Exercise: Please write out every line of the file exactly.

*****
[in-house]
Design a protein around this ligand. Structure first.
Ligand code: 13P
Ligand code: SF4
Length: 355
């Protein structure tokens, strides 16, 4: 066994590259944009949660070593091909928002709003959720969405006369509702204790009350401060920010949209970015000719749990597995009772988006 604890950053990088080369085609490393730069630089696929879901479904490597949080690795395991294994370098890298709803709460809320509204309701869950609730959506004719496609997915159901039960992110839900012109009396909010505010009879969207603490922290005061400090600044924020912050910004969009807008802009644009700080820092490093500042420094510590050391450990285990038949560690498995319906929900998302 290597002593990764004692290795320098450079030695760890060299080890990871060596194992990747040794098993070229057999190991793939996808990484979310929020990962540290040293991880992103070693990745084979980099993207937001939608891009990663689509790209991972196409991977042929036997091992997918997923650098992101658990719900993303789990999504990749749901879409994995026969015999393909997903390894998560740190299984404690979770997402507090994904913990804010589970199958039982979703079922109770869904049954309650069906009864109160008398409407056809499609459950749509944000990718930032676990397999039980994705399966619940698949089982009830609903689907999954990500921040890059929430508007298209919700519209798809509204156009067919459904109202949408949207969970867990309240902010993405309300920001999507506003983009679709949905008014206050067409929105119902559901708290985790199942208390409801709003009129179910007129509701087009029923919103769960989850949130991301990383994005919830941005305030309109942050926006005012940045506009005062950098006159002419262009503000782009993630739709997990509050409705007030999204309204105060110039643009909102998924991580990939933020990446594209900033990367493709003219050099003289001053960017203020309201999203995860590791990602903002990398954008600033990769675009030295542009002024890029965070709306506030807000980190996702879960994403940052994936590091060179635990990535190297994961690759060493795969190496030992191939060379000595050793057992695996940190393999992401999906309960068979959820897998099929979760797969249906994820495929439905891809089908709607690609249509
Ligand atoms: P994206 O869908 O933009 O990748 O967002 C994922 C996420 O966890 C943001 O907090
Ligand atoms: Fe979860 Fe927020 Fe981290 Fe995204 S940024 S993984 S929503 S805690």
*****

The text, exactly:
[in-house]
Design a protein around this ligand. Structure first.
Ligand code: 13P
Ligand code: SF4
Length: 355
């Protein structure tokens, strides 16, 4: 066994590259944009949660070593091909928002709003959720969405006369509702204790009350401060920010949209970015000719749990597995009772988006 604890950053990088080369085609490393730069630089696929879901479904490597949080690795395991294994370098890298709803709460809320509204309701869950609730959506004719496609997915159901039960992110839900012109009396909010505010009879969207603490922290005061400090600044924020912050910004969009807008802009644009700080820092490093500042420094510590050391450990285990038949560690498995319906929900998302 290597002593990764004692290795320098450079030695760890060299080890990871060596194992990747040794098993070229057999190991793939996808990484979310929020990962540290040293991880992103070693990745084979980099993207937001939608891009990663689509790209991972196409991977042929036997091992997918997923650098992101658990719900993303789990999504990749749901879409994995026969015999393909997903390894998560740190299984404690979770997402507090994904913990804010589970199958039982979703079922109770869904049954309650069906009864109160008398409407056809499609459950749509944000990718930032676990397999039980994705399966619940698949089982009830609903689907999954990500921040890059929430508007298209919700519209798809509204156009067919459904109202949408949207969970867990309240902010993405309300920001999507506003983009679709949905008014206050067409929105119902559901708290985790199942208390409801709003009129179910007129509701087009029923919103769960989850949130991301990383994005919830941005305030309109942050926006005012940045506009005062950098006159002419262009503000782009993630739709997990509050409705007030999204309204105060110039643009909102998924991580990939933020990446594209900033990367493709003219050099003289001053960017203020309201999203995860590791990602903002990398954008600033990769675009030295542009002024890029965070709306506030807000980190996702879960994403940052994936590091060179635990990535190297994961690759060493795969190496030992191939060379000595050793057992695996940190393999992401999906309960068979959820897998099929979760797969249906994820495929439905891809089908709607690609249509
Ligand atoms: P994206 O869908 O933009 O990748 O967002 C994922 C996420 O966890 C943001 O907090
Ligand atoms: Fe979860 Fe927020 Fe981290 Fe995204 S940024 S993984 S929503 S805690």